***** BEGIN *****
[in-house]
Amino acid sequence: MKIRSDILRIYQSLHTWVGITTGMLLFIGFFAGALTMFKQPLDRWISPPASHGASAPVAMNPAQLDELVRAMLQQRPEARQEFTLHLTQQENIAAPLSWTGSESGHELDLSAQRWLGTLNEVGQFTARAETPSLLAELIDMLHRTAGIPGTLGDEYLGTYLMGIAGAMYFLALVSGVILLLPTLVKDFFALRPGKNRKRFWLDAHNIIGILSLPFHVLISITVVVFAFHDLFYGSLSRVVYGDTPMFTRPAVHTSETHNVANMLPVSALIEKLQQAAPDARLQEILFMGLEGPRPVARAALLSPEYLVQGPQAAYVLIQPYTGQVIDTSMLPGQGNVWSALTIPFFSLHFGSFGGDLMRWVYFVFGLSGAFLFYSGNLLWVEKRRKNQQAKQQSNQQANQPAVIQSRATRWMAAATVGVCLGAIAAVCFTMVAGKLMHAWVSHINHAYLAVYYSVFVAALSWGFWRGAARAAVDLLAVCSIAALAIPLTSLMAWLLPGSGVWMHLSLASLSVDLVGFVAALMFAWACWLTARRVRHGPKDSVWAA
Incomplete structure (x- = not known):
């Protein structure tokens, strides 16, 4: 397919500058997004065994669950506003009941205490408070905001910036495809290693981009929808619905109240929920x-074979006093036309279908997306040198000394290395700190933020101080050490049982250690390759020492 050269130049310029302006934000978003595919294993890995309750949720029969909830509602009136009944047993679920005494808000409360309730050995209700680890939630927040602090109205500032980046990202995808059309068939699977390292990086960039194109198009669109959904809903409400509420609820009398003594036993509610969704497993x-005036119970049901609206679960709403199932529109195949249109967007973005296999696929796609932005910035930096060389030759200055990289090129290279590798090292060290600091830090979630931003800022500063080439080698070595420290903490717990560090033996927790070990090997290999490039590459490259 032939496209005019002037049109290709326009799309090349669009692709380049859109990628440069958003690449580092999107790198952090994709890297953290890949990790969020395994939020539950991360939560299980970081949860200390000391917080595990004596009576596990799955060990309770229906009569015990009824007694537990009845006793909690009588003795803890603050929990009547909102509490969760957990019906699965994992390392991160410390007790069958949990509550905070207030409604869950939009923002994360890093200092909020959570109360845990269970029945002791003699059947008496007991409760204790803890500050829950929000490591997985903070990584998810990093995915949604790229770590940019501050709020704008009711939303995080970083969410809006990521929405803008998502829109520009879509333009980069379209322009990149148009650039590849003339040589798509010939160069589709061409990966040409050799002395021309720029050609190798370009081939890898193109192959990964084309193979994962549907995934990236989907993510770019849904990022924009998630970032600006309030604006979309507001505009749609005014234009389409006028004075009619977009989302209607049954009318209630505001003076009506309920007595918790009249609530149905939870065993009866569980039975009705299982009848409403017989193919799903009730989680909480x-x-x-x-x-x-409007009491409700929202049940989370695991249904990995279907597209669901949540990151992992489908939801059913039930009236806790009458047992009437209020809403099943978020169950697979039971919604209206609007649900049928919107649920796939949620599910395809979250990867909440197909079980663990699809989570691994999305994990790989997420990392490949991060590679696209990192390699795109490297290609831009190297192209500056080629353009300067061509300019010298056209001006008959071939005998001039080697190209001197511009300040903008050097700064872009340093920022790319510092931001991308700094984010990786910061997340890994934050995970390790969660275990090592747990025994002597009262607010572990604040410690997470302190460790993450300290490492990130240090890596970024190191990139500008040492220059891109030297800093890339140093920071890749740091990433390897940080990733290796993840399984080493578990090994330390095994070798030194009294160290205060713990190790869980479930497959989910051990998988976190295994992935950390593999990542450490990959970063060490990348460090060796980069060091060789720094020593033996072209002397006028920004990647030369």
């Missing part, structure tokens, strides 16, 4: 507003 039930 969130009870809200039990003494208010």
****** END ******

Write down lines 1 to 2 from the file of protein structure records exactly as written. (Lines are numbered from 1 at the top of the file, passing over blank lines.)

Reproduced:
[in-house]
Amino acid sequence: MKIRSDILRIYQSLHTWVGITTGMLLFIGFFAGALTMFKQPLDRWISPPASHGASAPVAMNPAQLDELVRAMLQQRPEARQEFTLHLTQQENIAAPLSWTGSESGHELDLSAQRWLGTLNEVGQFTARAETPSLLAELIDMLHRTAGIPGTLGDEYLGTYLMGIAGAMYFLALVSGVILLLPTLVKDFFALRPGKNRKRFWLDAHNIIGILSLPFHVLISITVVVFAFHDLFYGSLSRVVYGDTPMFTRPAVHTSETHNVANMLPVSALIEKLQQAAPDARLQEILFMGLEGPRPVARAALLSPEYLVQGPQAAYVLIQPYTGQVIDTSMLPGQGNVWSALTIPFFSLHFGSFGGDLMRWVYFVFGLSGAFLFYSGNLLWVEKRRKNQQAKQQSNQQANQPAVIQSRATRWMAAATVGVCLGAIAAVCFTMVAGKLMHAWVSHINHAYLAVYYSVFVAALSWGFWRGAARAAVDLLAVCSIAALAIPLTSLMAWLLPGSGVWMHLSLASLSVDLVGFVAALMFAWACWLTARRVRHGPKDSVWAA